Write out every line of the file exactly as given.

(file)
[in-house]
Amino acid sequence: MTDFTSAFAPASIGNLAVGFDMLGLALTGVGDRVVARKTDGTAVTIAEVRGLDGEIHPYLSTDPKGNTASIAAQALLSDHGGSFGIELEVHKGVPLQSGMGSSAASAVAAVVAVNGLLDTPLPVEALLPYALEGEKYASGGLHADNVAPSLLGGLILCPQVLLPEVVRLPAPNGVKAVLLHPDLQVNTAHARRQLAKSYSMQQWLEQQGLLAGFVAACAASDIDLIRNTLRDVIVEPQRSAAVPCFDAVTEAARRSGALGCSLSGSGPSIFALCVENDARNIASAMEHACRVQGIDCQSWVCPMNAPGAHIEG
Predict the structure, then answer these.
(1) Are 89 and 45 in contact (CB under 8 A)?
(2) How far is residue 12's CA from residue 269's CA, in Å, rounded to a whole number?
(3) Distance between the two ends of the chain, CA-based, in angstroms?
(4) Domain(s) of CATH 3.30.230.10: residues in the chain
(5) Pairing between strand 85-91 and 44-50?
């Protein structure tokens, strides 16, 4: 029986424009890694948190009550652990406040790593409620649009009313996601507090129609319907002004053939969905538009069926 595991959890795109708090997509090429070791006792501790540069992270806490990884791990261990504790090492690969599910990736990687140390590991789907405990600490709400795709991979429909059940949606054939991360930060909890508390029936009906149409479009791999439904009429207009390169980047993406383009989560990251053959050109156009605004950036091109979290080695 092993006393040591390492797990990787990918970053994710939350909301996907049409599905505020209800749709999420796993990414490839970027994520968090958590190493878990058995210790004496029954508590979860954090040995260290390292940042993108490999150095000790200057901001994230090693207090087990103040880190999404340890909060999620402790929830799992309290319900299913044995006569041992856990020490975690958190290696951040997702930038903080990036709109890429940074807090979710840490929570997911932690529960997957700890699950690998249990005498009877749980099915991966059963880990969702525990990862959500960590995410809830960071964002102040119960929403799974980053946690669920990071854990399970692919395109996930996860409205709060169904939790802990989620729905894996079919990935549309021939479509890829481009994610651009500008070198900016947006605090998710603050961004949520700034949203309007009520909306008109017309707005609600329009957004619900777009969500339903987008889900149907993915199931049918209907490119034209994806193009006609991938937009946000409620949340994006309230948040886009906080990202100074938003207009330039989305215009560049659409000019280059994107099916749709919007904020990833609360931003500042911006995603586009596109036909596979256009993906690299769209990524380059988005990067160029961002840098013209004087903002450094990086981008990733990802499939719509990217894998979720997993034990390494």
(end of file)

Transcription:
[in-house]
Amino acid sequence: MTDFTSAFAPASIGNLAVGFDMLGLALTGVGDRVVARKTDGTAVTIAEVRGLDGEIHPYLSTDPKGNTASIAAQALLSDHGGSFGIELEVHKGVPLQSGMGSSAASAVAAVVAVNGLLDTPLPVEALLPYALEGEKYASGGLHADNVAPSLLGGLILCPQVLLPEVVRLPAPNGVKAVLLHPDLQVNTAHARRQLAKSYSMQQWLEQQGLLAGFVAACAASDIDLIRNTLRDVIVEPQRSAAVPCFDAVTEAARRSGALGCSLSGSGPSIFALCVENDARNIASAMEHACRVQGIDCQSWVCPMNAPGAHIEG
Predict the structure, then answer these.
(1) Are 89 and 45 in contact (CB under 8 A)?
(2) How far is residue 12's CA from residue 269's CA, in Å, rounded to a whole number?
(3) Distance between the two ends of the chain, CA-based, in angstroms?
(4) Domain(s) of CATH 3.30.230.10: residues in the chain
(5) Pairing between strand 85-91 and 44-50?
């Protein structure tokens, strides 16, 4: 029986424009890694948190009550652990406040790593409620649009009313996601507090129609319907002004053939969905538009069926 595991959890795109708090997509090429070791006792501790540069992270806490990884791990261990504790090492690969599910990736990687140390590991789907405990600490709400795709991979429909059940949606054939991360930060909890508390029936009906149409479009791999439904009429207009390169980047993406383009989560990251053959050109156009605004950036091109979290080695 092993006393040591390492797990990787990918970053994710939350909301996907049409599905505020209800749709999420796993990414490839970027994520968090958590190493878990058995210790004496029954508590979860954090040995260290390292940042993108490999150095000790200057901001994230090693207090087990103040880190999404340890909060999620402790929830799992309290319900299913044995006569041992856990020490975690958190290696951040997702930038903080990036709109890429940074807090979710840490929570997911932690529960997957700890699950690998249990005498009877749980099915991966059963880990969702525990990862959500960590995410809830960071964002102040119960929403799974980053946690669920990071854990399970692919395109996930996860409205709060169904939790802990989620729905894996079919990935549309021939479509890829481009994610651009500008070198900016947006605090998710603050961004949520700034949203309007009520909306008109017309707005609600329009957004619900777009969500339903987008889900149907993915199931049918209907490119034209994806193009006609991938937009946000409620949340994006309230948040886009906080990202100074938003207009330039989305215009560049659409000019280059994107099916749709919007904020990833609360931003500042911006995603586009596109036909596979256009993906690299769209990524380059988005990067160029961002840098013209004087903002450094990086981008990733990802499939719509990217894998979720997993034990390494």